Perhaps the other contender would have been the second track, “It’s Alright to Love Me”, with its elegant piano runs and intriguing narrative. Maybe it’s the closest the album comes to having something in the vein of the Diana songs, although it’s more subdued. Boasting two refrains sung to similar melodies (“It’s alright to love me” and then “Go with the flow”), and a typical Chic dance-break passage, it might have thrived had it been given a dedicated single mix that emphasized its catchiest characteristics.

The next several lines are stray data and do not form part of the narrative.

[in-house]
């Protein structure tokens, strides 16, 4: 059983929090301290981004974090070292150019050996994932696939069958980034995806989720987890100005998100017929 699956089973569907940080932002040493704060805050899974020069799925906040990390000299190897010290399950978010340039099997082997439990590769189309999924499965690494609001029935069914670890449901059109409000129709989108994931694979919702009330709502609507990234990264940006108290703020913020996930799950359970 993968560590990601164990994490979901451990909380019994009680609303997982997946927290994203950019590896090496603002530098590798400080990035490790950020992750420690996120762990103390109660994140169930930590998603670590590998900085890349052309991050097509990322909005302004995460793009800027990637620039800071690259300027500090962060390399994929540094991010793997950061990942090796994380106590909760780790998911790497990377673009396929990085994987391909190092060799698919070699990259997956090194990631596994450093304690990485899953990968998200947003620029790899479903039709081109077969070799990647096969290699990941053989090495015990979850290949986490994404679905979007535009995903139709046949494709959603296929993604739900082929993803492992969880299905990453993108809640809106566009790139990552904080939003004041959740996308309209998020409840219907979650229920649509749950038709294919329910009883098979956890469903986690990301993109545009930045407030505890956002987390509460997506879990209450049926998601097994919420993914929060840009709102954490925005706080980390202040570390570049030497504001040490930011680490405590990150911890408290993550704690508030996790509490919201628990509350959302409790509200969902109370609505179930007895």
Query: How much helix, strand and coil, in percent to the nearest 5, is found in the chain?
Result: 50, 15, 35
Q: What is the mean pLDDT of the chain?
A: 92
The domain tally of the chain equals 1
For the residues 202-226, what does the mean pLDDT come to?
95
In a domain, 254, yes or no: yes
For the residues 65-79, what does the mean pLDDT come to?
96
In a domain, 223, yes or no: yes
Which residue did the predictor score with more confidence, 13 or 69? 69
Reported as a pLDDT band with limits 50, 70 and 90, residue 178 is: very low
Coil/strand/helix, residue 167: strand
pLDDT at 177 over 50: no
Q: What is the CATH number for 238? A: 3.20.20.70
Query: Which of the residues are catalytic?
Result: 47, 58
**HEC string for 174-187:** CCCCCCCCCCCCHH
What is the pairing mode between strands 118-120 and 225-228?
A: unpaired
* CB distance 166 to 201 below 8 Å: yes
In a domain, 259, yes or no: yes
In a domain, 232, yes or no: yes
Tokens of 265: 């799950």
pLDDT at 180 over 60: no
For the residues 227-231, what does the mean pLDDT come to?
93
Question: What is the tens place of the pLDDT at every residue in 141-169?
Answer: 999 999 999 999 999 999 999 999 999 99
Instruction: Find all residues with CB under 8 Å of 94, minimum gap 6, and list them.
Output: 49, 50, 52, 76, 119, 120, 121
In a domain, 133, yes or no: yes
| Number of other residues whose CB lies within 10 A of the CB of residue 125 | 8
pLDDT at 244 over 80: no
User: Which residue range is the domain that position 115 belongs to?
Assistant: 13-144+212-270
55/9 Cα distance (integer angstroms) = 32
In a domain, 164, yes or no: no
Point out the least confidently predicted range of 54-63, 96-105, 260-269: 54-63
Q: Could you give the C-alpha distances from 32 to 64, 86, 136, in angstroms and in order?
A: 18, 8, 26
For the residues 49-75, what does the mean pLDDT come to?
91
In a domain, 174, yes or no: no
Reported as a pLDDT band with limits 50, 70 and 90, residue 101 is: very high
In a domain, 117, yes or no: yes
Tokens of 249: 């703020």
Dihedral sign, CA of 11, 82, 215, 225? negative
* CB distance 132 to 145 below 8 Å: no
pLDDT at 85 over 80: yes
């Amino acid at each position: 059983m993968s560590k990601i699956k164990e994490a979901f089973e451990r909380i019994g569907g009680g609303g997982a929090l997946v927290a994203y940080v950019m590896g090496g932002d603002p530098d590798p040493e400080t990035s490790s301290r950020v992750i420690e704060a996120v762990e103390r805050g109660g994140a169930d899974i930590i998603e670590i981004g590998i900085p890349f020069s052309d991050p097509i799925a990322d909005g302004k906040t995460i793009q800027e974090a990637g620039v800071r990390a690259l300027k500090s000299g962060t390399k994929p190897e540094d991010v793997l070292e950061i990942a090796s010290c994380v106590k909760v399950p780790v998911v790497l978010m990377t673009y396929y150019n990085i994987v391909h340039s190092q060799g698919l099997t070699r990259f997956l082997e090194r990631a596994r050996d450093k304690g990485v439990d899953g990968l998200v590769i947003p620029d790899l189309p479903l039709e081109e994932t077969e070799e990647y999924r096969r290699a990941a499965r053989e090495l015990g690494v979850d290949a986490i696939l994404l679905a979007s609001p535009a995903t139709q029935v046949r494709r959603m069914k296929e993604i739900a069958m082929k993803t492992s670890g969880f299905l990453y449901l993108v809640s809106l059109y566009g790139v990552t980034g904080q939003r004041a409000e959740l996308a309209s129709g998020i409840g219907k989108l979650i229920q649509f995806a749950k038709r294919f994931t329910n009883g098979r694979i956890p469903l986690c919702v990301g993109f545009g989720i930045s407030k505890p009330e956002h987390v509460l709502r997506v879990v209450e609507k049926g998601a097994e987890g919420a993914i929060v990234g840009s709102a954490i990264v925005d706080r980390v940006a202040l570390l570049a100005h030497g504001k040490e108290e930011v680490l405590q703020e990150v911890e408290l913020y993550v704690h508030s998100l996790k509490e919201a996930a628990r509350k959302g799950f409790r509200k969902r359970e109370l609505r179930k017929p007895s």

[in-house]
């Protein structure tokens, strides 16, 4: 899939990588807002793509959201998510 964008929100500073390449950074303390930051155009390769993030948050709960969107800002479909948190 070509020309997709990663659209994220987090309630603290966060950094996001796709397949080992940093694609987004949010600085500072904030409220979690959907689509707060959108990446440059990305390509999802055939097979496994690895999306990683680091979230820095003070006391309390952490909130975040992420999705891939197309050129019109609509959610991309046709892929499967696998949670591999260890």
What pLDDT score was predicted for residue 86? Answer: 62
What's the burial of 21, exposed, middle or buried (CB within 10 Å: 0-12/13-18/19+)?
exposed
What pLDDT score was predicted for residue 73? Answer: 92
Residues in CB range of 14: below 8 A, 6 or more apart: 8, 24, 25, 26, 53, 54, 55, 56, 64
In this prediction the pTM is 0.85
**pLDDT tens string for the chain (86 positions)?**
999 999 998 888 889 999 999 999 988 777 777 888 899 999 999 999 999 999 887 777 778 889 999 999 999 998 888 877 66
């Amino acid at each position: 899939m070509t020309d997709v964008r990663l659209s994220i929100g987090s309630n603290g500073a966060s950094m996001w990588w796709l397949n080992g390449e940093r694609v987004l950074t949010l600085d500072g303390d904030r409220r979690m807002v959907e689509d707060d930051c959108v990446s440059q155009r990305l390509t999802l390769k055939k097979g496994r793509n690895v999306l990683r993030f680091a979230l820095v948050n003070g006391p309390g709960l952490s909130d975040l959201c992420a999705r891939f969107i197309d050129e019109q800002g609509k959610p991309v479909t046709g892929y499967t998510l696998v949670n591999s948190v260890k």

No one has the definitive answer as to what decision-making process kept the album out of earshot for so many decades. “You know these record companies,” says Mathis, “they find a niche that they want to put you in. People want love songs from my kind of voice, and the Chic songs were far away from being love songs. They were like kicking back and experimenting in the garage songs. The mere fact that I did the project goes to show that I was not concerned about what the company was thinking about. They are in the business of selling music, and I was in the business of making it, completely different worlds. You’re lucky when the two can work together. My greatest asset as far as my career is concerned is that I’ve been malleable, opening my ears to what they want and saying, ‘Listen, this is what I’ve got, this is what I’d really love to do’. Somehow it works if you’re lucky.”